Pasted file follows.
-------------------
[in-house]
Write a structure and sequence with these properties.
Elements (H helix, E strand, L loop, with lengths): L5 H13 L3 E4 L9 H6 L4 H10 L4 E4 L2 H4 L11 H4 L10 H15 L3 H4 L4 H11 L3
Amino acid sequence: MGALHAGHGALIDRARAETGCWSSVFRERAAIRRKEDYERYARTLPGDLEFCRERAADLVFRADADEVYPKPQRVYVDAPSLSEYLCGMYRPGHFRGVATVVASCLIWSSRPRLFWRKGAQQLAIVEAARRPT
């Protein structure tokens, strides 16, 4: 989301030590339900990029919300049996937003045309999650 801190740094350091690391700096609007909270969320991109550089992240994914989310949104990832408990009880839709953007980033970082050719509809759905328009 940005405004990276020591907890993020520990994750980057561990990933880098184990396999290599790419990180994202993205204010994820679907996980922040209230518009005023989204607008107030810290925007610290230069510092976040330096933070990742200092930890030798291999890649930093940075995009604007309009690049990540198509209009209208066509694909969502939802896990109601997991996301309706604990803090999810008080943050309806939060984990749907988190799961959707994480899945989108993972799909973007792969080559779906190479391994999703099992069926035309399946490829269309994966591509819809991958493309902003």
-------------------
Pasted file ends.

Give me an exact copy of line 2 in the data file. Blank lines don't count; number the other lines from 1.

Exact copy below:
Write a structure and sequence with these properties.